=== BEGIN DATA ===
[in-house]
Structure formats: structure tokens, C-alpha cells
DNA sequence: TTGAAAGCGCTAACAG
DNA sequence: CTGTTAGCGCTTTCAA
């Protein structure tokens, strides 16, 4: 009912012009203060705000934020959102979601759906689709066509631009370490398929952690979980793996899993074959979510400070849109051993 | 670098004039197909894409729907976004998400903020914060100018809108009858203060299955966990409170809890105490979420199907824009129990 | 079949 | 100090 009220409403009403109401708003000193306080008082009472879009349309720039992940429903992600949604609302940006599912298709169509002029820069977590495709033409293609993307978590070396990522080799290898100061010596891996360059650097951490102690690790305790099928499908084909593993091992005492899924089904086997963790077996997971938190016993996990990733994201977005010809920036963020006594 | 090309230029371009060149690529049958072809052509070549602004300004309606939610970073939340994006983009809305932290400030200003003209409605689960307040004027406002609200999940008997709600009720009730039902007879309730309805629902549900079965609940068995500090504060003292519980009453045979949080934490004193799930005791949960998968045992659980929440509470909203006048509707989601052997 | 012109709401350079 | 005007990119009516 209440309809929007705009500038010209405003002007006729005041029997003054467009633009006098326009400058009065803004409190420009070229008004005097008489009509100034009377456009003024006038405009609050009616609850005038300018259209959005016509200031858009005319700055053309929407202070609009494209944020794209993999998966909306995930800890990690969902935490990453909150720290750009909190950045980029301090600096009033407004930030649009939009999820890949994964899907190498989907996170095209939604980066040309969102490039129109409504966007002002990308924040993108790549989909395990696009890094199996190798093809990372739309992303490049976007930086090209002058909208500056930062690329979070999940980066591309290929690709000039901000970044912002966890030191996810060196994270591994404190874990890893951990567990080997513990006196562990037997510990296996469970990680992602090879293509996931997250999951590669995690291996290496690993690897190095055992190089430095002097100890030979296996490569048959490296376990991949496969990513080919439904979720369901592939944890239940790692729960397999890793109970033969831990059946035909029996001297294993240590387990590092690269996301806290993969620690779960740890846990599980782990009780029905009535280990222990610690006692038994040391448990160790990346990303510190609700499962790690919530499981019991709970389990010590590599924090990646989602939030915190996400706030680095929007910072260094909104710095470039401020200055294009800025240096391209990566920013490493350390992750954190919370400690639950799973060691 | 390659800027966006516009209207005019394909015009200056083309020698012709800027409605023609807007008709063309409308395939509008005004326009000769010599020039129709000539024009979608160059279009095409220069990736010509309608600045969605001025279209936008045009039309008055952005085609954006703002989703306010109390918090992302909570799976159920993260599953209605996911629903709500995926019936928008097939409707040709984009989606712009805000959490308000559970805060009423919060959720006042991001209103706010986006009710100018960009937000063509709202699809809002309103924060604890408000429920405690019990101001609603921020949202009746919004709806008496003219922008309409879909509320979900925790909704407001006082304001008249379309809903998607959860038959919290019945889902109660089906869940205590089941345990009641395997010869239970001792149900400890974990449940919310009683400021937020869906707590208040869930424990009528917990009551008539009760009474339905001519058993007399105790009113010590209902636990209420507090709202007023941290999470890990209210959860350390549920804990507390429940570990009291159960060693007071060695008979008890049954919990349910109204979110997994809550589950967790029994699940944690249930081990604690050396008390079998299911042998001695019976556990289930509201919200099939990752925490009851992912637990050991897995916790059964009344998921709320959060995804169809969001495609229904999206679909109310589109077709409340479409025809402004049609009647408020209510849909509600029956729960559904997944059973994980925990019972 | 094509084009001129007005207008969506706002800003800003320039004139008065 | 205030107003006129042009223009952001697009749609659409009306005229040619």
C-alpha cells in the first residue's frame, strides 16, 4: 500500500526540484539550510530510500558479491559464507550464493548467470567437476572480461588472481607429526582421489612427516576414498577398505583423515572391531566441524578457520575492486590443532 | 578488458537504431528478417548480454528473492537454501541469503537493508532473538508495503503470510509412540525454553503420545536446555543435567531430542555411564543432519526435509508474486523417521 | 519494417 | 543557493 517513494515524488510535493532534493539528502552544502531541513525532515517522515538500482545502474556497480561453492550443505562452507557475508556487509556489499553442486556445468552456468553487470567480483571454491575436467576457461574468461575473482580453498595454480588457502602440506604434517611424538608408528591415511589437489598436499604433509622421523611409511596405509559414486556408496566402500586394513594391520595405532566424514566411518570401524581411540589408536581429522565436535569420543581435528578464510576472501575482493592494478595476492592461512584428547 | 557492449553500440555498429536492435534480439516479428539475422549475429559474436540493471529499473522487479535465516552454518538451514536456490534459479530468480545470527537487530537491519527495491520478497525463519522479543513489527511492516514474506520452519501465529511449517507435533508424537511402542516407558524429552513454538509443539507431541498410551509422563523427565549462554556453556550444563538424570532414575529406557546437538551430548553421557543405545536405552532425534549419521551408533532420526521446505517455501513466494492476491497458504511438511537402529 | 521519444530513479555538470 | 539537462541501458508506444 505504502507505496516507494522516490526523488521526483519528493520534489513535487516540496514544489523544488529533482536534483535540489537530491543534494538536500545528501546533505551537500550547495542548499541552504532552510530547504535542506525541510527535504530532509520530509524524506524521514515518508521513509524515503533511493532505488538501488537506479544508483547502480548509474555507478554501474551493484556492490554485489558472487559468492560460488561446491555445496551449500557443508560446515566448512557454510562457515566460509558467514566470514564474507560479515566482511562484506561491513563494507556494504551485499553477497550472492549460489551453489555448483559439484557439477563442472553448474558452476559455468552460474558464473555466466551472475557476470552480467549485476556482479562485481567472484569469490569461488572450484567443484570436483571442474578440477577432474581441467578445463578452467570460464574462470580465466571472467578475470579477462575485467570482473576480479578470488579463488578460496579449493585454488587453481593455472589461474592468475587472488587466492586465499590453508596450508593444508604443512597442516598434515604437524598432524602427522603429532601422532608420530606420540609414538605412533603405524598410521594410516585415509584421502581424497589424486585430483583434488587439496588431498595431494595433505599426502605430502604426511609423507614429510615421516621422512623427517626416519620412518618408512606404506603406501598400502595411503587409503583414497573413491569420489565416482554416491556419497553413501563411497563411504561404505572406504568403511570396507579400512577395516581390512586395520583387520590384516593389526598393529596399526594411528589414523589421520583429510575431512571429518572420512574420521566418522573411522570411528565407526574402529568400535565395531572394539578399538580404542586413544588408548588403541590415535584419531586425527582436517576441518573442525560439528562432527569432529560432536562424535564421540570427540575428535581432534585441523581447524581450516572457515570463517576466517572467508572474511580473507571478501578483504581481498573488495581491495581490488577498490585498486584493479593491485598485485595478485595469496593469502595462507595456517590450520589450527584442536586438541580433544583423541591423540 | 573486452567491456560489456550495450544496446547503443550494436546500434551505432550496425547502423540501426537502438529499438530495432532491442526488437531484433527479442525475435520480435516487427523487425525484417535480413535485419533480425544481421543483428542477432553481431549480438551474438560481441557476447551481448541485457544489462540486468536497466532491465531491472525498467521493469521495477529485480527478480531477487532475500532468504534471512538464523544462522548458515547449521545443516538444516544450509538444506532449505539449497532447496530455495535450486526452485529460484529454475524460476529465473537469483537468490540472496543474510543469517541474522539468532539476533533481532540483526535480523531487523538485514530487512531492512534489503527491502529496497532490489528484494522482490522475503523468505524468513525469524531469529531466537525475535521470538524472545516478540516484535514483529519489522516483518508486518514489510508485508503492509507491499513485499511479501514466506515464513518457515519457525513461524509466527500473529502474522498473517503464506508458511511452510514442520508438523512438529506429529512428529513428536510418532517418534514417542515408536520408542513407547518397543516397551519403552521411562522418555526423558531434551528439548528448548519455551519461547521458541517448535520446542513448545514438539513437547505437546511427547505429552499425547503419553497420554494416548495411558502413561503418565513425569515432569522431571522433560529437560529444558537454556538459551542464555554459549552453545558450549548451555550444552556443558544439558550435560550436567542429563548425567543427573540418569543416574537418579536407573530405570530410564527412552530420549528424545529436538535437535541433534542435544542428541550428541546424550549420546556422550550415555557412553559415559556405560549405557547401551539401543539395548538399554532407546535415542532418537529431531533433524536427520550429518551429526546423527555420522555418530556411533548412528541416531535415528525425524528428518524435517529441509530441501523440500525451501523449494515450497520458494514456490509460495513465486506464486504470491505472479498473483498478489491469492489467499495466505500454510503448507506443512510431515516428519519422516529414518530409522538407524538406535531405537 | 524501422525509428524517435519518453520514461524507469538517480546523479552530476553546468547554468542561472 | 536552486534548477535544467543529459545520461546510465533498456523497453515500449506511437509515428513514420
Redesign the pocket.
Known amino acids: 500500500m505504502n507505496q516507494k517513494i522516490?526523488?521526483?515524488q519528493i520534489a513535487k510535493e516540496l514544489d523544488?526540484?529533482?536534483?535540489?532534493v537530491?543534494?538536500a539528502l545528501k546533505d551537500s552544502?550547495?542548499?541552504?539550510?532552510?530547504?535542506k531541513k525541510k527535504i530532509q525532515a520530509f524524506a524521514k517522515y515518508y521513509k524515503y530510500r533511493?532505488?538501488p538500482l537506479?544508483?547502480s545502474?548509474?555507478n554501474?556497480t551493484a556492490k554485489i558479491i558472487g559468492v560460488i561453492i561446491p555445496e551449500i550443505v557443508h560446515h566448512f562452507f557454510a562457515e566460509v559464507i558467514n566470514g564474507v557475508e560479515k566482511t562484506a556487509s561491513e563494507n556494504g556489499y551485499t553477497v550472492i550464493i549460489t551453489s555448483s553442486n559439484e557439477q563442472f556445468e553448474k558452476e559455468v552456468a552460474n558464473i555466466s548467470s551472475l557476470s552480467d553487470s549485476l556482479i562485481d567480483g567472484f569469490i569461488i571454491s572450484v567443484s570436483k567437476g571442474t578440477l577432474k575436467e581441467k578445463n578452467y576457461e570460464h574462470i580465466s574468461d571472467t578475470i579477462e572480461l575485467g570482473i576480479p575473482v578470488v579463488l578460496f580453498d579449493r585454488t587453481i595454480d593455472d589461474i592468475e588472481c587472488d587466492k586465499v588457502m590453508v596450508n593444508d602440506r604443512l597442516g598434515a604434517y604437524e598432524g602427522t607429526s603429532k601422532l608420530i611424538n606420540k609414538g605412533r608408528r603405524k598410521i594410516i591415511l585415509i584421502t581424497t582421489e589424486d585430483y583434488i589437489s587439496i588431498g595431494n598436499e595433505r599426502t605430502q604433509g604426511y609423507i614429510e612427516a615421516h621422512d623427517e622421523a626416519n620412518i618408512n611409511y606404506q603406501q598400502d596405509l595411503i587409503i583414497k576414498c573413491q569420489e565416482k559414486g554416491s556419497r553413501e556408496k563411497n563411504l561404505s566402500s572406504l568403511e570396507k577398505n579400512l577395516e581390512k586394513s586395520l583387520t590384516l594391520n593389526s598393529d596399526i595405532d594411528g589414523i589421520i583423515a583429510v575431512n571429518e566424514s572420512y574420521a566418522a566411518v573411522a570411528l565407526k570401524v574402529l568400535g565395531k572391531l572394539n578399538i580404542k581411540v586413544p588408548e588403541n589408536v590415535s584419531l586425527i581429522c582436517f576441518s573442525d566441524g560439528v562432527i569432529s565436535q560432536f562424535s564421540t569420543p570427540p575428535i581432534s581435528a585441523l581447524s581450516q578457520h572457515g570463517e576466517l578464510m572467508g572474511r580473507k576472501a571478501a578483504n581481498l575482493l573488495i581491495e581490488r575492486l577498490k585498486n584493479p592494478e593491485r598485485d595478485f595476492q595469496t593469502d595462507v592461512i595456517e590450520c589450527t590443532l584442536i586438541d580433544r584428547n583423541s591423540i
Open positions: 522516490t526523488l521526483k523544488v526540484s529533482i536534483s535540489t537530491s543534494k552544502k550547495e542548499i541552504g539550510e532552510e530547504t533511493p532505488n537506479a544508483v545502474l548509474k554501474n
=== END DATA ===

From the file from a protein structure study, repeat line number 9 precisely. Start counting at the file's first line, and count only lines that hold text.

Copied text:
Open positions: 522516490t526523488l521526483k523544488v526540484s529533482i536534483s535540489t537530491s543534494k552544502k550547495e542548499i541552504g539550510e532552510e530547504t533511493p532505488n537506479a544508483v545502474l548509474k554501474n